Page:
Social Attraction: "The Artist Is Present" by Maria Abramovic', Moma NYC, March 2010
Linking our story here today to my blog entry earlier this year on April 1st 2010 –“Share a Cab”...Actually Lets Rephrase That: “Rule-out the Poor Again, (that takes a look at the socio-economic justice of the “Shared-cab” program (Share a Cab) implemented by the New York Taxi & Limousine Commission (TLC) and how it could changed the public ridership face of uptown NYC), the following question is raised: Would a well-supported high-society person living in a McMansion in the Hamptons of NY, or a luxury condo on the Upper East Side of Manhattan, be willing to share the same cab for 10-15minutes with a hopeful hardworking immigrant living in the dark and poorly ventilated tenement building units located in the same flattering and fashionable city of Manhattan (not even Harlem, Bronx, or Queens)? It’s a brilliant idea, as I always support novel proposals favoring our society, but while we are spending the time/energy/funds for a new plan, why not plan on implementing a new program in such way that could benefit a larger group of users or even majority members of our society, rather than catering to a particular group of users? Isn’t this type of social-injustice (sometimes even environmental injustice) considered as Classism –discrimination on the basis of social class?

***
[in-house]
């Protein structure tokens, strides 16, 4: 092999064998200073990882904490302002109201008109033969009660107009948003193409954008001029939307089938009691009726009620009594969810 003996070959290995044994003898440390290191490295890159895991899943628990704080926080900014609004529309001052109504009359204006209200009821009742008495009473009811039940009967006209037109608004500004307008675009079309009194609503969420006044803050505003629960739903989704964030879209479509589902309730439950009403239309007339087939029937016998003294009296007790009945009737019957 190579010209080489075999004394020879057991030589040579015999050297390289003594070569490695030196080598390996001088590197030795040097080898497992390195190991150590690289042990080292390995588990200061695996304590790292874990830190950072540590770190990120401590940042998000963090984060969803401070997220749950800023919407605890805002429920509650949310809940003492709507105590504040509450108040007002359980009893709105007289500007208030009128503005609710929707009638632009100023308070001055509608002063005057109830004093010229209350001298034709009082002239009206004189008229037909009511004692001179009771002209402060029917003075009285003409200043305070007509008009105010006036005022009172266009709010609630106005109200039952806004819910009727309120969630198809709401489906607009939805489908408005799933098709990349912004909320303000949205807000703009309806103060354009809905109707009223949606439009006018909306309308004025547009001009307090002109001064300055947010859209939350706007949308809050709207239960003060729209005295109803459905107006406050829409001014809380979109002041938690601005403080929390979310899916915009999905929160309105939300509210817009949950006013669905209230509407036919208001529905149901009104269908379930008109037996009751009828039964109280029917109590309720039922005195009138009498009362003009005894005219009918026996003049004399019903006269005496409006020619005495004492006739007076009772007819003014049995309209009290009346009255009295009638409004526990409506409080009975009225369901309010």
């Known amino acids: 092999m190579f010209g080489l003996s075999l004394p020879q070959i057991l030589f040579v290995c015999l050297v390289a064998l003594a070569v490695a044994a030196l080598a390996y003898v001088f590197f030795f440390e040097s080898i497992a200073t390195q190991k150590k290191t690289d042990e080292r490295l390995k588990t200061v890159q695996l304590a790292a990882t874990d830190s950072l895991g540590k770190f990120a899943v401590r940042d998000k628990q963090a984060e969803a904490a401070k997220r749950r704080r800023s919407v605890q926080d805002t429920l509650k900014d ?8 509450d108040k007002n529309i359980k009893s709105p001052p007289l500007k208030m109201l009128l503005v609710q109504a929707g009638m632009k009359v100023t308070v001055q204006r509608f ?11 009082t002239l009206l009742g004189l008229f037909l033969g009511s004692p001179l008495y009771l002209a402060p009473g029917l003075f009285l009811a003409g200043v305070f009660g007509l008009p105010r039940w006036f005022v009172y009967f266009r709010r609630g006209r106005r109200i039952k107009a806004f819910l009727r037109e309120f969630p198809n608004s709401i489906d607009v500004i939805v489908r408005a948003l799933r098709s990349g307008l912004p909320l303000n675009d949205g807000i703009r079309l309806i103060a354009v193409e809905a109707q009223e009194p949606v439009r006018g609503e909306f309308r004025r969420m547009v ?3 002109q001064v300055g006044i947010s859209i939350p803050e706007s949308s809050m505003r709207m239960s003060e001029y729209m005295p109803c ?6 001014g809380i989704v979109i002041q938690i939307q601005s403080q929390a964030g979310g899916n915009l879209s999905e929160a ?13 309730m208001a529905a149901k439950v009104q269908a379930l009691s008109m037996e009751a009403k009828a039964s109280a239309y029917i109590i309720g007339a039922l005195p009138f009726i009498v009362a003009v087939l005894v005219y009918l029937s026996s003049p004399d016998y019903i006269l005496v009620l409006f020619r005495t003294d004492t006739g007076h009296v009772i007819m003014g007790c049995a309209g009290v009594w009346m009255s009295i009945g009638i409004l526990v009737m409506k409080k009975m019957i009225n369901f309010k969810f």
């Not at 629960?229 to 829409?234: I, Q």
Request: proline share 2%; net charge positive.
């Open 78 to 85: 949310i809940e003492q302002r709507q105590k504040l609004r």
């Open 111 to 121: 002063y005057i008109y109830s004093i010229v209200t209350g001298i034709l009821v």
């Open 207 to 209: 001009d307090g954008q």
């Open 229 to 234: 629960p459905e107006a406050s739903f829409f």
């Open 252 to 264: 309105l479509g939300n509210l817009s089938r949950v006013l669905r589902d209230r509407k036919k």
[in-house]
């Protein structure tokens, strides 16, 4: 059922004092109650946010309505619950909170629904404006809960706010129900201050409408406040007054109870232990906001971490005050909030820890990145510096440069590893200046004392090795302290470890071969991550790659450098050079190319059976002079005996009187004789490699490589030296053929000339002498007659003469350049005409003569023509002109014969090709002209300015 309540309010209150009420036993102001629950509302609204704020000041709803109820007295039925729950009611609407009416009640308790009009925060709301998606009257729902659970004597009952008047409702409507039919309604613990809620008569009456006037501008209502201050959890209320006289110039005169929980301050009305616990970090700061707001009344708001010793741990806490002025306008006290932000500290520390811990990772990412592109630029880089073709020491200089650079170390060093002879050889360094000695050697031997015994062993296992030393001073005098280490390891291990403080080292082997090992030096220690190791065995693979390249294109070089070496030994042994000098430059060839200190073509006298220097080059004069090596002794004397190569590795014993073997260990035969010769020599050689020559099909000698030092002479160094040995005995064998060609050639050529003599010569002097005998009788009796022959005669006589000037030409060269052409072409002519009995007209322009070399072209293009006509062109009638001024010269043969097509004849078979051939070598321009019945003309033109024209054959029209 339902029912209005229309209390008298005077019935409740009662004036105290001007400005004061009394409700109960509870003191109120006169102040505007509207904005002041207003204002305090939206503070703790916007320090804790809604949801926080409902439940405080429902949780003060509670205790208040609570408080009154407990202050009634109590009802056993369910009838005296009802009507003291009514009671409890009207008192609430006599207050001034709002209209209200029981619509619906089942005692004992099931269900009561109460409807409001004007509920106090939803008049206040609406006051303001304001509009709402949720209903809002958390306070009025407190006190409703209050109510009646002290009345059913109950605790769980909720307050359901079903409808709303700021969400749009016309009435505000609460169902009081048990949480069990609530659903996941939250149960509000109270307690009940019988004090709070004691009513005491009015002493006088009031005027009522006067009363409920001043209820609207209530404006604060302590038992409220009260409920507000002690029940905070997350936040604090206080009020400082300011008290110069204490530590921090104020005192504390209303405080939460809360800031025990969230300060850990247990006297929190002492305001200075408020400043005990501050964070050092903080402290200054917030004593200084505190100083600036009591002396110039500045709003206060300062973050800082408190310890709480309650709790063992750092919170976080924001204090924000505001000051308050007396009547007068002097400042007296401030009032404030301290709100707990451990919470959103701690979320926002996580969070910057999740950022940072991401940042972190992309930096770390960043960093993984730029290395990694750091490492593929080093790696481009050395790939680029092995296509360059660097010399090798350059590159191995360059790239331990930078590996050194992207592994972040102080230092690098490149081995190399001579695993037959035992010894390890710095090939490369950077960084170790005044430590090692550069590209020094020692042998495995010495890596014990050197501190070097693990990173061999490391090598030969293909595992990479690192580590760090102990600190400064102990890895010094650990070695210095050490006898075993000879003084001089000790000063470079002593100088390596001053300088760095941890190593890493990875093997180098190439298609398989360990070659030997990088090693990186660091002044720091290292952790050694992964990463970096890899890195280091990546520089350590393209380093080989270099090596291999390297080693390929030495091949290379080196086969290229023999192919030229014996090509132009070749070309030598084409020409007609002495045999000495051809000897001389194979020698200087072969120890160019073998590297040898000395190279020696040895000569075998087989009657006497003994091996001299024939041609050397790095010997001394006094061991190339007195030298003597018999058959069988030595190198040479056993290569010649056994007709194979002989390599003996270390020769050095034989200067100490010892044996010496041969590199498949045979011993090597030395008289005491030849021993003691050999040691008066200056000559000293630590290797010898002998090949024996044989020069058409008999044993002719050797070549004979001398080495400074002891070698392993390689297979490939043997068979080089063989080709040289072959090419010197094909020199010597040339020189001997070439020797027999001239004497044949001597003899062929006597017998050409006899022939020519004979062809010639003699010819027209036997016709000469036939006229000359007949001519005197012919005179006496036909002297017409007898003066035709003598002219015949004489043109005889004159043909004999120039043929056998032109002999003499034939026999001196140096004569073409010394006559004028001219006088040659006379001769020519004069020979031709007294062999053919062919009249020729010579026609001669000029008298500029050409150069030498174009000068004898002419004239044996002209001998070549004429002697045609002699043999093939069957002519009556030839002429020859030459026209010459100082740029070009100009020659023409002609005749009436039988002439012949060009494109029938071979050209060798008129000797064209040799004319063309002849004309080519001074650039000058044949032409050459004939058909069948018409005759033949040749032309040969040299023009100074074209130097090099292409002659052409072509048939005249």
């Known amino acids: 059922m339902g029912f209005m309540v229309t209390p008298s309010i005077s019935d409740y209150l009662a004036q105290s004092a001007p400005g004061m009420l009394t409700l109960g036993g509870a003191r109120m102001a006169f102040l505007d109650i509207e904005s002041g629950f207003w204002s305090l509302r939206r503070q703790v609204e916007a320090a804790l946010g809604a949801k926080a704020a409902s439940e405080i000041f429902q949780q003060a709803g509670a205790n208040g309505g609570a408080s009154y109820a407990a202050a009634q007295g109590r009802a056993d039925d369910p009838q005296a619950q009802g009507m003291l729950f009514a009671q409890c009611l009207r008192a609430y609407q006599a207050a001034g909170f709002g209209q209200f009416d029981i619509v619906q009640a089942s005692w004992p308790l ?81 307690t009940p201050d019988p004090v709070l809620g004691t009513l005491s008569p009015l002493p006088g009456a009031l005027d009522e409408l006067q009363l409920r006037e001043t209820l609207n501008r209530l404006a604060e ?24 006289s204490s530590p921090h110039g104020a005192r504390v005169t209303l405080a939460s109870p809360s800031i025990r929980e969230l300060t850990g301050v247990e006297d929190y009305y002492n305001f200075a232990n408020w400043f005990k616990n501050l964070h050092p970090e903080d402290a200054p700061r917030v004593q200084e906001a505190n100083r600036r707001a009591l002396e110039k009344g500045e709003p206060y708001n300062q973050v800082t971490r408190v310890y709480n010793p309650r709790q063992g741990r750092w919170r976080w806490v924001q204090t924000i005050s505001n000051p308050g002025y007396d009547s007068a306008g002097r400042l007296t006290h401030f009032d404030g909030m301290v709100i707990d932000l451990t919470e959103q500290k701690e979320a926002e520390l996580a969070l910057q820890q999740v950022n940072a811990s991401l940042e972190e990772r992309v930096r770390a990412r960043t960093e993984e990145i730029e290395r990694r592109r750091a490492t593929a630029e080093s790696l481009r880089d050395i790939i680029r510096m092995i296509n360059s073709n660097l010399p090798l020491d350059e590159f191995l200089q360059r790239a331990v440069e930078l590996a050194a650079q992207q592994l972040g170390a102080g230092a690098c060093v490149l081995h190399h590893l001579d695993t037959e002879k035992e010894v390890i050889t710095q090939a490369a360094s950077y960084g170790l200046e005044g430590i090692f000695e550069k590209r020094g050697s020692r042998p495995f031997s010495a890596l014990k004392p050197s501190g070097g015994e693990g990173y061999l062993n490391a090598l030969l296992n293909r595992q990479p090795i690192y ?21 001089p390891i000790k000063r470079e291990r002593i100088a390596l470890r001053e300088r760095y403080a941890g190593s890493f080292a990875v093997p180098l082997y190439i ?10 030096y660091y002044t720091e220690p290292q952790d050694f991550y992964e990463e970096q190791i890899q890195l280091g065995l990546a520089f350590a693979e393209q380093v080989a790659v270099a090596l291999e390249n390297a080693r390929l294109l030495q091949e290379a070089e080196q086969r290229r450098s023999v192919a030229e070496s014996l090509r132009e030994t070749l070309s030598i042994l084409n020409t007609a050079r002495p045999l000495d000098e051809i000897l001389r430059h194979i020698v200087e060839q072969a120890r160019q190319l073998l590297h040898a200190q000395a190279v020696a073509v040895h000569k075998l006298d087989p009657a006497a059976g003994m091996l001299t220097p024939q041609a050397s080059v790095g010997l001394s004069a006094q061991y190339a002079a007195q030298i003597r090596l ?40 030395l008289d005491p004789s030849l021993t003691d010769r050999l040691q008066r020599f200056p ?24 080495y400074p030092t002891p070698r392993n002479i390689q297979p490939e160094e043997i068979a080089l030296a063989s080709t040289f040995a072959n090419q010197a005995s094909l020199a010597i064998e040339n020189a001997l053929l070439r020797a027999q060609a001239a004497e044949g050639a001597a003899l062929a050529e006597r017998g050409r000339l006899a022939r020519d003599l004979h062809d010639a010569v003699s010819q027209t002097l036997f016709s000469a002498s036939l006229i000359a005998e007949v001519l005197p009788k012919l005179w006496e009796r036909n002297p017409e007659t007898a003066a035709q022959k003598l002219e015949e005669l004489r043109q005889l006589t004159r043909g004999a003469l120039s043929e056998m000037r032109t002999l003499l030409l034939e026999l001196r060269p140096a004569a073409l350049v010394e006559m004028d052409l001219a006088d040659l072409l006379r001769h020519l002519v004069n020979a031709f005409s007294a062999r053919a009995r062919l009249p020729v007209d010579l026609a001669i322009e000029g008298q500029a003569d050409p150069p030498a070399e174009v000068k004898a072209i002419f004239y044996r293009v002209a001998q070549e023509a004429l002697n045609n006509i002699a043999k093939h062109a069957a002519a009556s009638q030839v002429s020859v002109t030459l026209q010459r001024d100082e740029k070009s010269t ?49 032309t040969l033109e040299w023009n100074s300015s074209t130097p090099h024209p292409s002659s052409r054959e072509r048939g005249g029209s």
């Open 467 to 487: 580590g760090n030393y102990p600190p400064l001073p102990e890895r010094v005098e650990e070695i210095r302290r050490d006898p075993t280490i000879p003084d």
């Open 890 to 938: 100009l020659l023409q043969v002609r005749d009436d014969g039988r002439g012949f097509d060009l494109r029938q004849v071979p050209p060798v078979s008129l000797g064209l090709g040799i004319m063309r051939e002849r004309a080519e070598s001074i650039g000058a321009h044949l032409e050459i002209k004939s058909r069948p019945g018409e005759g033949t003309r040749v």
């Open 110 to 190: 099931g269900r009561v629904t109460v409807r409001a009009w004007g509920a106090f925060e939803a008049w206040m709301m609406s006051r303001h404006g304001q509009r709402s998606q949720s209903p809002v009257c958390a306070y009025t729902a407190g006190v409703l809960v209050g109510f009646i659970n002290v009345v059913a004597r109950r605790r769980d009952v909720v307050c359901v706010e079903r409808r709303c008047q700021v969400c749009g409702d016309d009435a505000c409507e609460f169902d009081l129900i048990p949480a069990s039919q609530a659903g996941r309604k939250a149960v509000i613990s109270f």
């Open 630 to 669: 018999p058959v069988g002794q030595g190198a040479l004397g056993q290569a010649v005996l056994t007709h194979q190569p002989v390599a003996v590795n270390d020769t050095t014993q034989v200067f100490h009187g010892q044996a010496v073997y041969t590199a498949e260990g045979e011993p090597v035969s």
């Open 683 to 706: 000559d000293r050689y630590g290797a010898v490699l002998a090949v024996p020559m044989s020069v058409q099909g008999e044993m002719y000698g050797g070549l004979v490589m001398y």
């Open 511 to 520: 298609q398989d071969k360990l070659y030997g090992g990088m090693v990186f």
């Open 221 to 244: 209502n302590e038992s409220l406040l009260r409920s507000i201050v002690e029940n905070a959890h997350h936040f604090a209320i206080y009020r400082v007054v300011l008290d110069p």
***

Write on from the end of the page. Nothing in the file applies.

Breaking a Bubble: Private Wedding/Dinner Rehearsal Planned by Hotel on Public Sidewalk, Berlin, July 2010